Value at Risk estimation using Extreme Value Theory

Abhay K. Singh, David E. Allen, Robert J. Powell

Research output: Chapter in Book/Report/Conference proceedingConference proceeding contributionResearchpeer-review

Abstract

A common assumption in quantitative financial risk modelling is the distributional assumption of normality in the asset's return series, which makes modelling easy but proves to be inefficient if the data exhibit extreme tails. When dealing with extreme financial events like the Global Financial Crisis of 2007-2008 while quantifying extreme market risk, Extreme Value Theory (EVT) proves to be a natural statistical modelling technique of interest. Extreme Value Theory provides well established statistical models for the computation of extreme risk measures like the Return Level, Value at Risk and Expected Shortfall. In this paper we apply Univariate Extreme Value Theory to model extreme market risk for the ASX-All Ordinaries (Australian) index and the S&P-500 (USA) Index. We demonstrate that EVT can be successfully applied to Australian stock market return series for predicting next day VaR by using a GARCH(1,1) based dynamic EVT approach. We also show with backtesting results that EVT based method outperforms GARCH(1,1) and RiskMetrics™ based forecasts.

LanguageEnglish
Title of host publicationMODSIM 2011
Subtitle of host publication19th International Congress on Modelling and Simulation: proceedings
EditorsF. Chan, D. Marinova, R. S. Anderssen
Place of PublicationCanberra
Pages1478-1484
Number of pages7
Publication statusPublished - 2011
Externally publishedYes
Event19th International Congress on Modelling and Simulation - Sustaining Our Future: Understanding and Living with Uncertainty, MODSIM2011 - Perth, WA, Australia
Duration: 12 Dec 201116 Dec 2011

Conference

Conference19th International Congress on Modelling and Simulation - Sustaining Our Future: Understanding and Living with Uncertainty, MODSIM2011
CountryAustralia
CityPerth, WA
Period12/12/1116/12/11

Fingerprint

Estimation Theory
Extreme Value Theory
Value at Risk
Extremes
Generalized Autoregressive Conditional Heteroscedasticity
Expected Shortfall
Financial Risk
Financial Crisis
Series
Risk Measures
Statistical Modeling
Stock Market
Modeling
Normality
Statistical Model
Univariate
Forecast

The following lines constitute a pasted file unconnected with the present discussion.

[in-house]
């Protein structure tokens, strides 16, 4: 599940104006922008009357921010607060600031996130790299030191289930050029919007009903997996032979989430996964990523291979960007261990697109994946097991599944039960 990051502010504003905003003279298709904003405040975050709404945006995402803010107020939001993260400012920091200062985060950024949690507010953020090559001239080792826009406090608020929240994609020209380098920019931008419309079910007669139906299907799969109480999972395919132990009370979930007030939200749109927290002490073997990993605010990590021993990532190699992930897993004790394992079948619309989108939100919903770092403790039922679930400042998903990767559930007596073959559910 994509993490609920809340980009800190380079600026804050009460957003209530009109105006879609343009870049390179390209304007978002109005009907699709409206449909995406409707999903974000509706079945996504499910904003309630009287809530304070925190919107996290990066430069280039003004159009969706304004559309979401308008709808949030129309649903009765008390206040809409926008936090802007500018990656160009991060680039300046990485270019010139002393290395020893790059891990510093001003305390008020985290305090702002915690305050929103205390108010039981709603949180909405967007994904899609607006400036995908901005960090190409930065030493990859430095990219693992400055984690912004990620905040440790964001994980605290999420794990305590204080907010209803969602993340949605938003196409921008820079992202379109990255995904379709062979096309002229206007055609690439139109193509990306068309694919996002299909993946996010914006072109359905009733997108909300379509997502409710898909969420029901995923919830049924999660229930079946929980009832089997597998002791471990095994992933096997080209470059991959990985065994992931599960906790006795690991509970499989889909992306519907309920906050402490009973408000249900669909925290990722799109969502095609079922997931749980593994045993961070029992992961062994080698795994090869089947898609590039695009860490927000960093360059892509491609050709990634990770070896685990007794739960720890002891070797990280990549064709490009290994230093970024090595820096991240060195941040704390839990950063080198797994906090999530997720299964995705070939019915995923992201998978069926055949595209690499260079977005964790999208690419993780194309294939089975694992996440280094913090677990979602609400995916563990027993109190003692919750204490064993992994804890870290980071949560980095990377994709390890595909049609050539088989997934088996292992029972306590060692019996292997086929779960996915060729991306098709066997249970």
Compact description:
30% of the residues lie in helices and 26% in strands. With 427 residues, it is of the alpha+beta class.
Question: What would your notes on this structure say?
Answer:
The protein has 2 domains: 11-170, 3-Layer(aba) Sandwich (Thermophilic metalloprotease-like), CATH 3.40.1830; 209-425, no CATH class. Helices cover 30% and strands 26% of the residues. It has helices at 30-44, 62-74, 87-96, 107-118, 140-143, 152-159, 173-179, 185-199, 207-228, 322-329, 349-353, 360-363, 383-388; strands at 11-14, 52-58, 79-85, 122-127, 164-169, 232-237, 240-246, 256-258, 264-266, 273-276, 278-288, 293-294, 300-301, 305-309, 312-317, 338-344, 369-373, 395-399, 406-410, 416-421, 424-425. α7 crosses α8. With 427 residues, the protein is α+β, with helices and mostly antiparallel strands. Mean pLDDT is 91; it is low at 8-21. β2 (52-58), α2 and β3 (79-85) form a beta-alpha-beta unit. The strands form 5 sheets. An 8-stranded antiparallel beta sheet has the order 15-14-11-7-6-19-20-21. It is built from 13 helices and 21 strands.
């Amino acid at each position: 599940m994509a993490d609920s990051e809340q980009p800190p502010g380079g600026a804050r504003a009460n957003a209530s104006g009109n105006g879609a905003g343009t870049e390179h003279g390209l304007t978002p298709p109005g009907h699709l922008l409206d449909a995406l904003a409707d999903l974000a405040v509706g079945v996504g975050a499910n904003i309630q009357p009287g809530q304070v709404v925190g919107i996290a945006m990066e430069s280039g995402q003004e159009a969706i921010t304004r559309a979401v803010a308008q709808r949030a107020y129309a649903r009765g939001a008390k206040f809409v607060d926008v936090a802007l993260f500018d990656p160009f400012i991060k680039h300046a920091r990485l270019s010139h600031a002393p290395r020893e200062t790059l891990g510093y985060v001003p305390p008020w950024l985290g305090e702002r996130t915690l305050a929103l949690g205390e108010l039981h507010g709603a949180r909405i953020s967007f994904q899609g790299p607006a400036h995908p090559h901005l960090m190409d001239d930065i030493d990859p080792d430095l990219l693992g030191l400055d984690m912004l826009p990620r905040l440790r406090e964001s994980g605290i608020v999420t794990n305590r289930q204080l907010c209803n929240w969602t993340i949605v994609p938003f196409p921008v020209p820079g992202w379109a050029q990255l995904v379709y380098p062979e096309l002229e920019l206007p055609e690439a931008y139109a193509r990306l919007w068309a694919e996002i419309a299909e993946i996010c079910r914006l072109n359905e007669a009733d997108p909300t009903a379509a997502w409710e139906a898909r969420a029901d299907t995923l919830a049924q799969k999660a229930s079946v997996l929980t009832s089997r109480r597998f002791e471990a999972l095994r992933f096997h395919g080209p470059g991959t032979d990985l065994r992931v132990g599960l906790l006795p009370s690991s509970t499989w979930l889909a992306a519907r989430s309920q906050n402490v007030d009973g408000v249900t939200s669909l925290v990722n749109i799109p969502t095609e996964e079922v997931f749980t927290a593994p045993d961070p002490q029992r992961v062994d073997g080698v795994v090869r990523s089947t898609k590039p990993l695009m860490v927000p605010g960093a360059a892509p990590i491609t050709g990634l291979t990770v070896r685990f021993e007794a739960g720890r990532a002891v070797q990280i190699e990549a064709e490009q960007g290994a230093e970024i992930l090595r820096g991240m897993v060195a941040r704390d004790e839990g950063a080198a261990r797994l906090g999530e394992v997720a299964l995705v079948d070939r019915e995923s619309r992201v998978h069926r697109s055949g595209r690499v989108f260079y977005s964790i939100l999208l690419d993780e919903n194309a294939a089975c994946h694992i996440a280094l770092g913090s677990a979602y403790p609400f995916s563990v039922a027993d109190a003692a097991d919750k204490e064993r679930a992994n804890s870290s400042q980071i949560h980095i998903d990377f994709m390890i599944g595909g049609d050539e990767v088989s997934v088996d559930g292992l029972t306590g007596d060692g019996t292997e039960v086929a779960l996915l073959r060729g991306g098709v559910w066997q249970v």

Tail
Demonstrate

Keywords

  • Extreme Value Theory
  • GARCH
  • Risk modelling
  • RiskMetrics™
  • Value at Risk

Cite this

Singh, A. K., Allen, D. E., & Powell, R. J. (2011). Value at Risk estimation using Extreme Value Theory. In F. Chan, D. Marinova, & R. S. Anderssen (Eds.), MODSIM 2011: 19th International Congress on Modelling and Simulation: proceedings (pp. 1478-1484). Canberra.
Singh, Abhay K. ; Allen, David E. ; Powell, Robert J. / Value at Risk estimation using Extreme Value Theory. MODSIM 2011: 19th International Congress on Modelling and Simulation: proceedings. editor / F. Chan ; D. Marinova ; R. S. Anderssen. Canberra, 2011. pp. 1478-1484
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Singh, AK, Allen, DE & Powell, RJ 2011, Value at Risk estimation using Extreme Value Theory. in F Chan, D Marinova & RS Anderssen (eds), MODSIM 2011: 19th International Congress on Modelling and Simulation: proceedings. Canberra, pp. 1478-1484, 19th International Congress on Modelling and Simulation - Sustaining Our Future: Understanding and Living with Uncertainty, MODSIM2011, Perth, WA, Australia, 12/12/11.

Value at Risk estimation using Extreme Value Theory. / Singh, Abhay K.; Allen, David E.; Powell, Robert J.

MODSIM 2011: 19th International Congress on Modelling and Simulation: proceedings. ed. / F. Chan; D. Marinova; R. S. Anderssen. Canberra, 2011. p. 1478-1484.

Research output: Chapter in Book/Report/Conference proceedingConference proceeding contributionResearchpeer-review

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Singh AK, Allen DE, Powell RJ. Value at Risk estimation using Extreme Value Theory. In Chan F, Marinova D, Anderssen RS, editors, MODSIM 2011: 19th International Congress on Modelling and Simulation: proceedings. Canberra. 2011. p. 1478-1484